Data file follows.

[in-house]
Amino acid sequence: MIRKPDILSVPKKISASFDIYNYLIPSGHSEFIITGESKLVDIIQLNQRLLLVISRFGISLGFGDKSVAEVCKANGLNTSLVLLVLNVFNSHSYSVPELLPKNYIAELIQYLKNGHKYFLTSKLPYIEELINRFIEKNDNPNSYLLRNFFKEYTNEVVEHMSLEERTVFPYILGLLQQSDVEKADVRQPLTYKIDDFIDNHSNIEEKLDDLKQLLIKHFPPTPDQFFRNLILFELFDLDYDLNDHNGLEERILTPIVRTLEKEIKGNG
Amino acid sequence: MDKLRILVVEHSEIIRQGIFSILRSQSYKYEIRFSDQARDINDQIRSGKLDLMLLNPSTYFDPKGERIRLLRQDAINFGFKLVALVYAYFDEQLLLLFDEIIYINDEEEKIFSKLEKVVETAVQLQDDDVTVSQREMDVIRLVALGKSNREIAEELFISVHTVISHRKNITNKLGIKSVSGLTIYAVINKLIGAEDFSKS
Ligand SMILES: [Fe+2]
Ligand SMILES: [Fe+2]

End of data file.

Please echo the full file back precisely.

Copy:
[in-house]
Amino acid sequence: MIRKPDILSVPKKISASFDIYNYLIPSGHSEFIITGESKLVDIIQLNQRLLLVISRFGISLGFGDKSVAEVCKANGLNTSLVLLVLNVFNSHSYSVPELLPKNYIAELIQYLKNGHKYFLTSKLPYIEELINRFIEKNDNPNSYLLRNFFKEYTNEVVEHMSLEERTVFPYILGLLQQSDVEKADVRQPLTYKIDDFIDNHSNIEEKLDDLKQLLIKHFPPTPDQFFRNLILFELFDLDYDLNDHNGLEERILTPIVRTLEKEIKGNG
Amino acid sequence: MDKLRILVVEHSEIIRQGIFSILRSQSYKYEIRFSDQARDINDQIRSGKLDLMLLNPSTYFDPKGERIRLLRQDAINFGFKLVALVYAYFDEQLLLLFDEIIYINDEEEKIFSKLEKVVETAVQLQDDDVTVSQREMDVIRLVALGKSNREIAEELFISVHTVISHRKNITNKLGIKSVSGLTIYAVINKLIGAEDFSKS
Ligand SMILES: [Fe+2]
Ligand SMILES: [Fe+2]